One Third of Cancer Deaths Could Be Prevented by Lifestyle

Kristin Jenkins

December 22, 2017

As we head into the festive season, many are looking forward to the tradition of "Eat, drink, and be merry." But as another research paper shows that more than a third of cancer deaths could be prevented by lifestyle, maybe a qualifier should be added:"celebration in moderation."

The latest statistics come from Australia, where researchers note that 44,004 cancer deaths occurred in 2013. But an estimated 38% of these deaths and 33% of cancer diagnoses could have been prevented with healthy lifestyle choices, says a research team led by Louise Wilson, MEpi, at the QIMR Berghofer Medical Research Institute and the University of Queensland, Brisbane.

These cancer diagnoses and deaths were seen in Australians of all ages and are directly attributable to 20 known modifiable risk factors within eight categories that are established causes of cancer, the study authors say.

The report is published in the February 2018 issue of the International Journal of Cancer.

Smoking was the leading cause of preventable cancer death in Australia in 2013 and accounted for 23% of all cancer deaths. The study authors estimate that about two thirds of the tobacco-attributable cancer deaths were due to lung cancer.

"We have shown that a large proportion of cancer cases in addition to deaths from cancer are, in theory, preventable," the authors write.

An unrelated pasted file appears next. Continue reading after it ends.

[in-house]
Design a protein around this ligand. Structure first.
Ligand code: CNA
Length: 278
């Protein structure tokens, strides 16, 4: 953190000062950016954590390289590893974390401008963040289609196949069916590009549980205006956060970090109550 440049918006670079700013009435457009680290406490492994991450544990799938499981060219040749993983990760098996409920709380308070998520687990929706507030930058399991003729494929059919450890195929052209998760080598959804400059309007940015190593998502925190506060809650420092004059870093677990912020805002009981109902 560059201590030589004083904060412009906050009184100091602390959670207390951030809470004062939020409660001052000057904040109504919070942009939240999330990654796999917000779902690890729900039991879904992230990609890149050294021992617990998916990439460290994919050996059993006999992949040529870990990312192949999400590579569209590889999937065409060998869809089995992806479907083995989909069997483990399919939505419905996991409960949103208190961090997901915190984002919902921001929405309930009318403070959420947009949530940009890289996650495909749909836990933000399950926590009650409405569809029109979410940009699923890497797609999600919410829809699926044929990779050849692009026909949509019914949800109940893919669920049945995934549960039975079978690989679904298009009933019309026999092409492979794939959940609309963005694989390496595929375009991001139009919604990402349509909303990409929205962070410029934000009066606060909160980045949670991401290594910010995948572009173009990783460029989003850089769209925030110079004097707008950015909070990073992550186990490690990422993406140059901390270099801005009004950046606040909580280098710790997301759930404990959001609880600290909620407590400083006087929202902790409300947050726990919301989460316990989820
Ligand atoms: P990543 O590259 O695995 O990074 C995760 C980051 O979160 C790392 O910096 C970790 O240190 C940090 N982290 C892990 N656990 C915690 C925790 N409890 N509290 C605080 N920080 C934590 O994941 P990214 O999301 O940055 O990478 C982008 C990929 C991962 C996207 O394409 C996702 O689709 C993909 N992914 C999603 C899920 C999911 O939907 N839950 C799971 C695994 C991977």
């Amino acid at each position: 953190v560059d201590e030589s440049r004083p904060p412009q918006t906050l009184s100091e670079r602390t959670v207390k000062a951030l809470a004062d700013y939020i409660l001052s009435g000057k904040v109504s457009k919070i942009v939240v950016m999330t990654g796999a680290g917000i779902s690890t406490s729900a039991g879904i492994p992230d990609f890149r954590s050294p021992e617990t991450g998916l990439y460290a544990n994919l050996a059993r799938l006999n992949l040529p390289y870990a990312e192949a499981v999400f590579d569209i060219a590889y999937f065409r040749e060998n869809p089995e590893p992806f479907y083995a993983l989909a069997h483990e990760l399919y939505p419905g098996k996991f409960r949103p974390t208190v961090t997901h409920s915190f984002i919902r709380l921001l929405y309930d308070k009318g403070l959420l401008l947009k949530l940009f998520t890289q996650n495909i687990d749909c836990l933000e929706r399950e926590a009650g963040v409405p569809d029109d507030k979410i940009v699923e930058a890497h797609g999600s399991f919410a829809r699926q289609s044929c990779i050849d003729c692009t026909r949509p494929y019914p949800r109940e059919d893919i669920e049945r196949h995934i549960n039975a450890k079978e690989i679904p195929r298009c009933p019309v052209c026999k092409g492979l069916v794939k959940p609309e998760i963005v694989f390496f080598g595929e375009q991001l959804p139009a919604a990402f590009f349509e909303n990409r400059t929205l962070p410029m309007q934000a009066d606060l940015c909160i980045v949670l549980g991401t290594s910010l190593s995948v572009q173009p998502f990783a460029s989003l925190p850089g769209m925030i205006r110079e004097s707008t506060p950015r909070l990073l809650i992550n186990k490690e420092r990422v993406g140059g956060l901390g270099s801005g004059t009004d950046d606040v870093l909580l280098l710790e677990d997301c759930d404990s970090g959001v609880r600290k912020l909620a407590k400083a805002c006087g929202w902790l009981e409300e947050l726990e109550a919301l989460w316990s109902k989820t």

"We estimate that about 16,700 cancer deaths and 41,200 cancer cases could be prevented in Australia each year if people's exposures to 20 causal factors were aligned with levels recommended to minimise cancer risk…. Even modest reductions in population exposure to known causes of cancer would likely translate to sizable reductions in premature deaths from cancer," they write.

Three other categories of modifiable risk factors — poor diet, overweight/obesity, and infections — accounted for 5% of cancer deaths each. In a fifth category, alcohol-related cancer accounted for 2.4% of deaths. Physical inactivity factors were responsible for 0.8% of cancer deaths, overexposure to ultraviolet radiation for 3.2% of cancer deaths, and, in the eighth category, reproductive or hormonal factors were linked to 0.4% of cancer deaths.

The study authors first described these risk factors and categories in a 2010 report. At that time, they estimated that 1 in 3 of the 130,000 newly diagnosed cancers in Australia (33% of cancers in men and 31% of cancers in women) were attributable to these 20 modifiable causes.

For Australians younger than 75 years of age, avoiding exposure to known causes of cancer could have saved even more lives in 2013, the researchers say. That year, preventable cancer deaths accounted for 43% of overall cancer deaths in this age group, including 47% of cancer deaths in men and 38% of cancer deaths in Australian women.

To quantify cancer incidence and mortality from 2013 Australian Institute of Health and Welfare data, the researchers used exposure prevalence and relative risk. Then they calculated the proportion of cases and deaths that could be avoided through reduced exposure to known modifiable risk factors.